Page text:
Proceedings of the Royal Society of London. Series B: Biological Sciences
  • 2001
Viviparity in early medium-sized amphibious aigialosaurs may have freed them from the need to return to land to deposit eggs, and permitted the subsequent evolution of gigantic totally marine mosasaurs.

Triassic marine reptiles gave birth to live young

Two gravid specimens of Keichousaurus hui Young from the Middle Triassic of China provide the first unequivocal evidence of reproductive mode and sexual dimorphism in sauropterygians and indicate that viviparity could have been expedited by the evolution of a movable pelvis in pachypleurosaurs.

Cretaceous choristoderan reptiles gave birth to live young

This exquisitely preserved specimen of the Early Cretaceous Hyphalosaurus baitaigouensis contains up to 18 embryos arranged in pairs, and size comparison with small free-living individuals and the straight posture of the posterior-most pair suggest that those embryos were at term and had probably reached parturition.


The value of the squamate model ultimately may lie in insights it provides into physiological problems rather than in universality of specific mechanisms that have evolved to meet those problems, given the diverse mechanisms by which they achieve viviparity.

Phylogeny And Systematics Of Squamata (Reptilia) Based On Morphology

This study examines squamate relationships using 222 ingroup taxa scored for 363 morphological characters and confirms the monophyly of the clades Scleroglossa (extant squamates exclusive of Iguania), Gekkota, Scincomorpha, Lacertoidea,ScincoideA, Anguimorpha and Varanoidea.

Cretaceous age for the feathered dinosaurs of Liaoning, China

The results of this dating study indicate that the lower Yixian fossil horizons are not Jurassic but rather are at least 20 Myr younger, placing them within middle Early Cretaceous time.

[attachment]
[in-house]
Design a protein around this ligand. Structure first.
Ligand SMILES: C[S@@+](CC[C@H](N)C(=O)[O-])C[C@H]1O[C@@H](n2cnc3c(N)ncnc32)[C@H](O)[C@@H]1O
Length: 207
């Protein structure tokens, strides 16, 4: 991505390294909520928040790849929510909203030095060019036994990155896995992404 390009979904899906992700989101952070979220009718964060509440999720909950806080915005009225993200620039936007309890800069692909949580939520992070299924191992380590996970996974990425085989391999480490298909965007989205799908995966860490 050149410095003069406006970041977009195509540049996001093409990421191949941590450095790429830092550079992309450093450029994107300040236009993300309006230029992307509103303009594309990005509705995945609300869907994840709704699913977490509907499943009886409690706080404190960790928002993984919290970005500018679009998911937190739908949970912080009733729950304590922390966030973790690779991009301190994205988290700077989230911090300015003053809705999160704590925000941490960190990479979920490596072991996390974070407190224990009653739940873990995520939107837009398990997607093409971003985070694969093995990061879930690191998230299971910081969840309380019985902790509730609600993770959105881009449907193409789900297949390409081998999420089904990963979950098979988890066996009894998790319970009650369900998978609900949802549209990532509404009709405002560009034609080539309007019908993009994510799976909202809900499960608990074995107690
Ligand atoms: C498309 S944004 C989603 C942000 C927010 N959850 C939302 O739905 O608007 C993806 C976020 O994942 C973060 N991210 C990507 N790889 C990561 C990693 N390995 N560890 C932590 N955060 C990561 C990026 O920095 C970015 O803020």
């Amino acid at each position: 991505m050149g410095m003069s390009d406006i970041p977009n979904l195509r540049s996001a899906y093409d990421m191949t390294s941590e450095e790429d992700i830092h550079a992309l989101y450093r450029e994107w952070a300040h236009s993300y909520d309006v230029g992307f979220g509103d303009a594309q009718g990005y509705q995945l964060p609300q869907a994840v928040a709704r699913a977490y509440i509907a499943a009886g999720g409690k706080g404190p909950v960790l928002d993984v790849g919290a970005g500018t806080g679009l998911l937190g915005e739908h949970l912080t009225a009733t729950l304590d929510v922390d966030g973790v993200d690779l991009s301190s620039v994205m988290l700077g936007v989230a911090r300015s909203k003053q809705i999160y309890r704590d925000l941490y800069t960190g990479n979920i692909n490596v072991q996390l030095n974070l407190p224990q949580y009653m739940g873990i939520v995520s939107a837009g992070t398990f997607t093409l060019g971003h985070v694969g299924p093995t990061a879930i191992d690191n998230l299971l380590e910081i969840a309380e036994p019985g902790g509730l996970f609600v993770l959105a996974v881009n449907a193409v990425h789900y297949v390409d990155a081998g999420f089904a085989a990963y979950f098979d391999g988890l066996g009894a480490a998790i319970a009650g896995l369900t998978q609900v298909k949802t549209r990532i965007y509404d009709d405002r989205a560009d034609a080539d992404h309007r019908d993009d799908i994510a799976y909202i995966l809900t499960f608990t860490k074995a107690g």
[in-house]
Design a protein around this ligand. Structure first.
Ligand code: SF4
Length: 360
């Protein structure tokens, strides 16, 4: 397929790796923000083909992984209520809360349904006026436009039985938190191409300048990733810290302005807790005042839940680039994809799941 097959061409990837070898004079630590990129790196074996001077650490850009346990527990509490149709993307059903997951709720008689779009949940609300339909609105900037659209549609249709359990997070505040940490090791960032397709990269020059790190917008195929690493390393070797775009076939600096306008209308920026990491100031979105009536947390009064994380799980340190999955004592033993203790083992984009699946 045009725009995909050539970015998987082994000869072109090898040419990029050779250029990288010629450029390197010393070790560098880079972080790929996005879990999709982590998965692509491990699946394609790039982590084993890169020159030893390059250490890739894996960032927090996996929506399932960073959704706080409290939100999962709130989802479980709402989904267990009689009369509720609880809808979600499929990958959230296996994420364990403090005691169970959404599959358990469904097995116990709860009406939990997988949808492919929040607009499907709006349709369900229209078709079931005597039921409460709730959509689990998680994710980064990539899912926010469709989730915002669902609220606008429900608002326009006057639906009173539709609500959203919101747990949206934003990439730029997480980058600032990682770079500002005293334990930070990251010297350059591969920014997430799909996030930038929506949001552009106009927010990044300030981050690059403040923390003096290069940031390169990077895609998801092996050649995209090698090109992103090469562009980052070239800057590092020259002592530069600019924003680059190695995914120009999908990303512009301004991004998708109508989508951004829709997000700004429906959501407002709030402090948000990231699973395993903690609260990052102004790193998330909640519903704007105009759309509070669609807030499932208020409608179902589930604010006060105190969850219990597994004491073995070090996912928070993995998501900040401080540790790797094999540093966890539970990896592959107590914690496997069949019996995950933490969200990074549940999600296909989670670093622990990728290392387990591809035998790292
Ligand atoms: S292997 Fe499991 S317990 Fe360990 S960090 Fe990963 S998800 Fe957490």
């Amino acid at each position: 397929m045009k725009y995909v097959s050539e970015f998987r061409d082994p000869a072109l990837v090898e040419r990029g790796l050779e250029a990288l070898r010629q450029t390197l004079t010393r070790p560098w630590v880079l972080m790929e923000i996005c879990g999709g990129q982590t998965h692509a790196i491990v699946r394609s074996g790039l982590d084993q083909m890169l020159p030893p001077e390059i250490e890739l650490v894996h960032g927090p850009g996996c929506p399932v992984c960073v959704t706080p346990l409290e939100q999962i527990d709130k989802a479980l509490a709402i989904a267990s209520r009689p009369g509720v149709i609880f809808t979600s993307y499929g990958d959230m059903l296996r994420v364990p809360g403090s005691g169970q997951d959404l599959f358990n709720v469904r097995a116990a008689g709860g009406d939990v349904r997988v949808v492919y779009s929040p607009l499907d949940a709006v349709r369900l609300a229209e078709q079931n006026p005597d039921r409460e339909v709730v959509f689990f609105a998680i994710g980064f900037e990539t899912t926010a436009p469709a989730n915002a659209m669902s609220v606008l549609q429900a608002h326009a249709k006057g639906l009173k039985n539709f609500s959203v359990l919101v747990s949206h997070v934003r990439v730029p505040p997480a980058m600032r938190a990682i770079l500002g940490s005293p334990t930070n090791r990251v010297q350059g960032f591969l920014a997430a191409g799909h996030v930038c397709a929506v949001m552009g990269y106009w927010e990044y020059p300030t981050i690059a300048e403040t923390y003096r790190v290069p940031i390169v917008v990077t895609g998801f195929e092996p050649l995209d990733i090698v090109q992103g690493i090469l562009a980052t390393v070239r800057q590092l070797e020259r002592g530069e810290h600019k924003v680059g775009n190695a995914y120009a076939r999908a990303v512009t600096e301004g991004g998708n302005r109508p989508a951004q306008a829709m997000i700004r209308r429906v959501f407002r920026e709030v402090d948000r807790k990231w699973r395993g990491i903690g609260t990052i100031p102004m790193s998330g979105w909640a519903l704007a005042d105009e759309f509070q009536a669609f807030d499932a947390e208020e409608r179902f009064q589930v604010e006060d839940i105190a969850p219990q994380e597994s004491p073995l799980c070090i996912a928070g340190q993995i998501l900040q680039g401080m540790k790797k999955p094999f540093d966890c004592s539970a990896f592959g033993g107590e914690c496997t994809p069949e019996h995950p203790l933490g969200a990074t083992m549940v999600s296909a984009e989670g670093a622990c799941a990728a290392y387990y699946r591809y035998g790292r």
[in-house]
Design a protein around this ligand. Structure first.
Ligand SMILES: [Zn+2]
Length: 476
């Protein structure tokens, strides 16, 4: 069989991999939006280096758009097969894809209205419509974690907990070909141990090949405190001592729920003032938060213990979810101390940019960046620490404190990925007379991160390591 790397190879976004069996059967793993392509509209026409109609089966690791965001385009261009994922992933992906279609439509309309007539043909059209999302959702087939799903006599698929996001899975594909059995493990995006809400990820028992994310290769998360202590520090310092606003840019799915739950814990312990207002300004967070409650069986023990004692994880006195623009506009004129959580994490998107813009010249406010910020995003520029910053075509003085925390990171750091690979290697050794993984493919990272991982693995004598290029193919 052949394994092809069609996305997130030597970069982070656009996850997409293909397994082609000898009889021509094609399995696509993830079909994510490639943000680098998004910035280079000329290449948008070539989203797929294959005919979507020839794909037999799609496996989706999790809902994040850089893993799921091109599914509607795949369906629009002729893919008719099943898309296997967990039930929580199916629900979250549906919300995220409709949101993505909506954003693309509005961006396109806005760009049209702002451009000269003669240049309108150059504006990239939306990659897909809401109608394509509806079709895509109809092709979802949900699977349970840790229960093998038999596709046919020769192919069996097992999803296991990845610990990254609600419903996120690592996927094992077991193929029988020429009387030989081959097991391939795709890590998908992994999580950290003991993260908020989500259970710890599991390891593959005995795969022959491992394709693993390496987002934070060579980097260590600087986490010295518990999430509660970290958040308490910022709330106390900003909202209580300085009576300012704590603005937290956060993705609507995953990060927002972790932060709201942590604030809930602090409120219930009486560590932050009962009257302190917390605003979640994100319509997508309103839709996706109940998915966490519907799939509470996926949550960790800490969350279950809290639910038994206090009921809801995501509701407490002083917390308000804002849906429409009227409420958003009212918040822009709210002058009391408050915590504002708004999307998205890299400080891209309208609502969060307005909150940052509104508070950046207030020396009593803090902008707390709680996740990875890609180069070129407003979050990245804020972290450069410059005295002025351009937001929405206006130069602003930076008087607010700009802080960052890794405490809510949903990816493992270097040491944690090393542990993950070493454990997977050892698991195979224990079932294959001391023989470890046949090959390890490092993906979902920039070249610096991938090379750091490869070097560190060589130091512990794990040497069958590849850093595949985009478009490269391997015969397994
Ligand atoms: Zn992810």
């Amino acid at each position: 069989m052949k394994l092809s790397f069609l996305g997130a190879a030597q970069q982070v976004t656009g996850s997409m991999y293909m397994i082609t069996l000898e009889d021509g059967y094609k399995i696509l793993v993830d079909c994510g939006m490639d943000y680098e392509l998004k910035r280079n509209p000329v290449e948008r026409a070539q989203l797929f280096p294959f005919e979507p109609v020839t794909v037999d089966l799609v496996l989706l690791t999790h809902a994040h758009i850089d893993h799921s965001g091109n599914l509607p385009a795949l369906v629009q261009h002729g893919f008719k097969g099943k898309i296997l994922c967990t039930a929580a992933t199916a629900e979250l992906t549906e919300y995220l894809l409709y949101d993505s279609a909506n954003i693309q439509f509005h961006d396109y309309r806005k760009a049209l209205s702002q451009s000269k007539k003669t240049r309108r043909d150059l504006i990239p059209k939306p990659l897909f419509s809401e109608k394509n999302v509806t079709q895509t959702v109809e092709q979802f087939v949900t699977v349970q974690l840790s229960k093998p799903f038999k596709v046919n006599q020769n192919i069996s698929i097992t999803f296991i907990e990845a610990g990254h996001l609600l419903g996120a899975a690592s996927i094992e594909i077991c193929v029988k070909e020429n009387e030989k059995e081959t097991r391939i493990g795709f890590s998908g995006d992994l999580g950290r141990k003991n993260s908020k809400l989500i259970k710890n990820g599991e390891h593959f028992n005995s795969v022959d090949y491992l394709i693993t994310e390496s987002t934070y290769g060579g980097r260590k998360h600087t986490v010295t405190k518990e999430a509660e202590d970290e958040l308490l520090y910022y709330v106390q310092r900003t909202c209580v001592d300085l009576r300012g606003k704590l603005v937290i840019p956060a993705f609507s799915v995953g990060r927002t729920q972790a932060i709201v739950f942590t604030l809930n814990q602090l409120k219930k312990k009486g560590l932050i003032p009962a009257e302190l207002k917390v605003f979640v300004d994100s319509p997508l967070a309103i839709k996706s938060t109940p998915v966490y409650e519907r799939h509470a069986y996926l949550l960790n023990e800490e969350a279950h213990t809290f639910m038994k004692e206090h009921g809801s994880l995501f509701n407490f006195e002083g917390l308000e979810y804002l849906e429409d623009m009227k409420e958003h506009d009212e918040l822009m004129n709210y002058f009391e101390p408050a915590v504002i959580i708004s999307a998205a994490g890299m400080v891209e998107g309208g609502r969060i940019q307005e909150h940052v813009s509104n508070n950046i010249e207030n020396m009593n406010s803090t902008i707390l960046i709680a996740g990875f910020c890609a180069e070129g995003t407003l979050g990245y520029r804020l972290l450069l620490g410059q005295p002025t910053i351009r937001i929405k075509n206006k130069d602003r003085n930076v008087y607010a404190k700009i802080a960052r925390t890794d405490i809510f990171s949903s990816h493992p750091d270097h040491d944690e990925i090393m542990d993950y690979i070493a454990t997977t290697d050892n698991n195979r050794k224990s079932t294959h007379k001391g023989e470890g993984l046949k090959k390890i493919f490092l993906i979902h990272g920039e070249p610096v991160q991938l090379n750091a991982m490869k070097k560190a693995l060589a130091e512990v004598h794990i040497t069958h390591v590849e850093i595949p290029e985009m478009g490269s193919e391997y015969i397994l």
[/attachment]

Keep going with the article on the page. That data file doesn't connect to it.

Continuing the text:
Four additional nothosaurid embryos found in the Monte San Giorgio area strongly support the hypothesis that nothosaurs were viviparous, particularly since three of the four embryos are clustered together in close association, excluding the possibility that they derive from isolated eggs washed into the coastal basin prior to fossilization.

Live birth among Iguanian lizards predates Pliocene–Pleistocene glaciations

Divergence-dating analysis on a 733-species tree of Iguanian lizards recovers 20 independent lineages that have evolved viviparity, of which 13 multispecies groups derived live birth prior to glacial advances (8–66 Myr ago).


Using available data on reproductive modes and phylogenetic relationships within reptiles, the numbers and directions of evolutionary transitions between oviparity and viviparity are measured.

A new Lower Cretaceous bird from China and tooth reduction in early avian evolution

Phylogenetic analysis indicates that Zhongjianornis is phylogenetically basal to Confuciusornis and the dominant Mesozoic avian groups, Enantiornithes and Ornithurae, and therefore provides significant new information regarding the diversification of birds in the Early Cretaceous.